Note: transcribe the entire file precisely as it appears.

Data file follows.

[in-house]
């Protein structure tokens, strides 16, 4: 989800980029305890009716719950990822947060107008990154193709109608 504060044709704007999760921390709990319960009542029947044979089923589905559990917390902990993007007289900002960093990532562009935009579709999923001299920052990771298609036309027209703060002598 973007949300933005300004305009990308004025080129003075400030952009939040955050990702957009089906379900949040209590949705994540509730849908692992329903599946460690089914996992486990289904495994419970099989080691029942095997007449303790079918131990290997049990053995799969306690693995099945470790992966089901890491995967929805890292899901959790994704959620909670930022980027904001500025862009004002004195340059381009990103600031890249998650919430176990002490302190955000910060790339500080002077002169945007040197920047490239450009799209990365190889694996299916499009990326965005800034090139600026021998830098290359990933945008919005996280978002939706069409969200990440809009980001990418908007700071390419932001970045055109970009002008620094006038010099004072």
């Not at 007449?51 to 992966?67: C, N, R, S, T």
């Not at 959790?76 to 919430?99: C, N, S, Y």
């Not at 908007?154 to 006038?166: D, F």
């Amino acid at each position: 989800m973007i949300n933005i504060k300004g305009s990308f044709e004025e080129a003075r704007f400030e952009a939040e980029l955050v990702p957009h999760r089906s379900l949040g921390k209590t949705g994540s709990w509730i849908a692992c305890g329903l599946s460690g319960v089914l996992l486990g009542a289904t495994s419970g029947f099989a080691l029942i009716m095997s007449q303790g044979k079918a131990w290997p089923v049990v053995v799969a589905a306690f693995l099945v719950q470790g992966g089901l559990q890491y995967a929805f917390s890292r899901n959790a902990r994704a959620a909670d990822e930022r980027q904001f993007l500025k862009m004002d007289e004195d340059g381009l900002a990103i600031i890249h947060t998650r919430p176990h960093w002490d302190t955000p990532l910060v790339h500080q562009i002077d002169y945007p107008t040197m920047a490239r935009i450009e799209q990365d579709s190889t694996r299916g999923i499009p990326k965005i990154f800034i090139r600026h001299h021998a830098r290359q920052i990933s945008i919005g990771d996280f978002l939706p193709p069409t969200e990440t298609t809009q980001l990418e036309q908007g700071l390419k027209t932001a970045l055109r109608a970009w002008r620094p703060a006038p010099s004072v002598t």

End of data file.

[in-house]
């Protein structure tokens, strides 16, 4: 989800980029305890009716719950990822947060107008990154193709109608 504060044709704007999760921390709990319960009542029947044979089923589905559990917390902990993007007289900002960093990532562009935009579709999923001299920052990771298609036309027209703060002598 973007949300933005300004305009990308004025080129003075400030952009939040955050990702957009089906379900949040209590949705994540509730849908692992329903599946460690089914996992486990289904495994419970099989080691029942095997007449303790079918131990290997049990053995799969306690693995099945470790992966089901890491995967929805890292899901959790994704959620909670930022980027904001500025862009004002004195340059381009990103600031890249998650919430176990002490302190955000910060790339500080002077002169945007040197920047490239450009799209990365190889694996299916499009990326965005800034090139600026021998830098290359990933945008919005996280978002939706069409969200990440809009980001990418908007700071390419932001970045055109970009002008620094006038010099004072």
């Not at 007449?51 to 992966?67: C, N, R, S, T």
């Not at 959790?76 to 919430?99: C, N, S, Y």
């Not at 908007?154 to 006038?166: D, F």
């Amino acid at each position: 989800m973007i949300n933005i504060k300004g305009s990308f044709e004025e080129a003075r704007f400030e952009a939040e980029l955050v990702p957009h999760r089906s379900l949040g921390k209590t949705g994540s709990w509730i849908a692992c305890g329903l599946s460690g319960v089914l996992l486990g009542a289904t495994s419970g029947f099989a080691l029942i009716m095997s007449q303790g044979k079918a131990w290997p089923v049990v053995v799969a589905a306690f693995l099945v719950q470790g992966g089901l559990q890491y995967a929805f917390s890292r899901n959790a902990r994704a959620a909670d990822e930022r980027q904001f993007l500025k862009m004002d007289e004195d340059g381009l900002a990103i600031i890249h947060t998650r919430p176990h960093w002490d302190t955000p990532l910060v790339h500080q562009i002077d002169y945007p107008t040197m920047a490239r935009i450009e799209q990365d579709s190889t694996r299916g999923i499009p990326k965005i990154f800034i090139r600026h001299h021998a830098r290359q920052i990933s945008i919005g990771d996280f978002l939706p193709p069409t969200e990440t298609t809009q980001l990418e036309q908007g700071l390419k027209t932001a970045l055109r109608a970009w002008r620094p703060a006038p010099s004072v002598t």